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Development of Women during the 1920's to the 1930's - Essay Example

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The focal point of Women's suffrage is considered by historians to be 1920-1930. This is the time when Agriculture gave way to the industrial era and the dawn of prohibition, and The Great Depression, called for Women to take on a new role in the United States…
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Development of Women during the 1920s to the 1930s
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Download file to see previous pages She says, "No change had a greater impact on women's roles than the transition from primarily an agricultural economy to a corporate, commercial, industrial one, a change that took slowly over decades Harrison (1997)."
She goes on to note that this was particularly true of the African American woman's movement in that, "Urban working-class mothers, especially African-Americans, themselves engaged in industrial production or domestic work for pay; by 1920, about 9 percent of married women worked outside the home for wages (Harrison, 1997)." Harrison goes on to note the complex way in which The Great Depression effected the transition of women being housewives to contributing to the working class. During The Great Depression unemployment rates rose to 25 percent and with many men out of work, their wives were subject to do remedial jobs that men wouldn't take like house cleaning, nursing, dry cleaning and secretary jobs, as Harrison notes "in fact most women worked only at jobs that men did not do and so by the start of World War II, almost 15 percent of wives were working, up from 12 percent at the beginning of 1930. The remedial work women suffered through during 1920 to 1930 eventually escalated during World War I when men were sent off to war. There was a void in the working class and women were needed to take on jobs that were traditionally reserved just for men.
The image of the hardworking American woman became personified in the billboard plastering's of the "Rosie the Riveter" image. Millions of women gained access to government and non-military factory jobs and as Harrison notes during World War I, "The percentage of women in the work force went from pre-war figures of 25 percent to a wartime peak of 38 percent (Harrison, 1997)." These work figures are significant because it was through employment women could establish self-worth and liberate themselves from a dependence on men for personal survival. These higher paying positions were temporary though, and as soldiers returned from war women were quickly weeded out of industry positions and this began a trend of women leaving the labor force and focusing on raising families leading into the late 1940's on through to the 60's.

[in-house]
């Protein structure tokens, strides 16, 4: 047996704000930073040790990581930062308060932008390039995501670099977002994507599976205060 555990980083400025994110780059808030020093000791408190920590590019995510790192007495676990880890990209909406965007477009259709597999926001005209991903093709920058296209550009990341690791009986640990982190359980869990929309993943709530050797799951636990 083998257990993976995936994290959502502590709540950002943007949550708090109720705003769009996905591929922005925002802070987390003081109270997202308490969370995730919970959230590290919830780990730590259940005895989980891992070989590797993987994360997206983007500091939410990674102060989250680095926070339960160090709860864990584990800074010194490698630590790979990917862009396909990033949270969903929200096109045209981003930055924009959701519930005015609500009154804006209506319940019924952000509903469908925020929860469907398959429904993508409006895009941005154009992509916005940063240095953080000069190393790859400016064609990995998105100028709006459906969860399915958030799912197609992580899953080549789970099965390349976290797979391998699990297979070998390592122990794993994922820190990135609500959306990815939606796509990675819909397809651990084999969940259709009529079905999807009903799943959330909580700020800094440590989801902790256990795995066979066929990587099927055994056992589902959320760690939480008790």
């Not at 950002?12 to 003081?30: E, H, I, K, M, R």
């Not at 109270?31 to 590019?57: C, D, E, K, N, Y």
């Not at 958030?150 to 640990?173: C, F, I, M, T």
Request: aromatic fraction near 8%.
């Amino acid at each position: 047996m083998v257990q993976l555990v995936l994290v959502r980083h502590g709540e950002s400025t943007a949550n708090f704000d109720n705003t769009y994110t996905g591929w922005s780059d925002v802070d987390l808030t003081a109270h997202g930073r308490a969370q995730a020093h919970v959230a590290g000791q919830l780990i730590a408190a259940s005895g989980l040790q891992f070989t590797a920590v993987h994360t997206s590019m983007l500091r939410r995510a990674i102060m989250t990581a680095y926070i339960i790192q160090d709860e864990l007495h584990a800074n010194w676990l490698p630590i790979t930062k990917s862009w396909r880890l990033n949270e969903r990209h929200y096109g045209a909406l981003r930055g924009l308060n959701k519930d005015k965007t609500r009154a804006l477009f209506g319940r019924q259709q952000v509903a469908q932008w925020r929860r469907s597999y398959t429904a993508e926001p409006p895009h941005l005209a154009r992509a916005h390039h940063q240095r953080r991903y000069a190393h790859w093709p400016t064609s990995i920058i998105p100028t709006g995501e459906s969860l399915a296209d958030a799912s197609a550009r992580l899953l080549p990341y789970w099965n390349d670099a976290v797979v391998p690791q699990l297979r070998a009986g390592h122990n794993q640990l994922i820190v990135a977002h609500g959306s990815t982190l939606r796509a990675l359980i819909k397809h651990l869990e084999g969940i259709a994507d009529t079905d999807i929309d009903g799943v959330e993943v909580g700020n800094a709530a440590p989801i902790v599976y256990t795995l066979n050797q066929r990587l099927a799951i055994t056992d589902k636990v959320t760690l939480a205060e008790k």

Despite the transition for equal rights during the 1920's and 30's, women still had slim to no authority over their identity or future as it applied to their place in society in the United States. During this period there were excessive reports of domestic violence, and in the medical world women were habitually over-diagnosed with having psychological disorders and in many cases sent away to medical facilities. No work better captures the complexities of this issue and time in American history than Sylvia Plath's "The Bell Jar." In her article, "A Ritual For Being Born Twice" Sylvia Plath's The Bell Jar, Marjorie G. Perloff analyzes the popular appeal the novel holds among young women. The concept of the emotional distress that comes from illness conflicting with the psychological and social boundaries, used to confine women during the 1930's, is interpreted as a major contribution to the books growing fan base. The major draw the book has is the complex nature of Esther's dysfunctions. She is mentally ill in a way that leaves her situation ...Download file to see next pagesRead More
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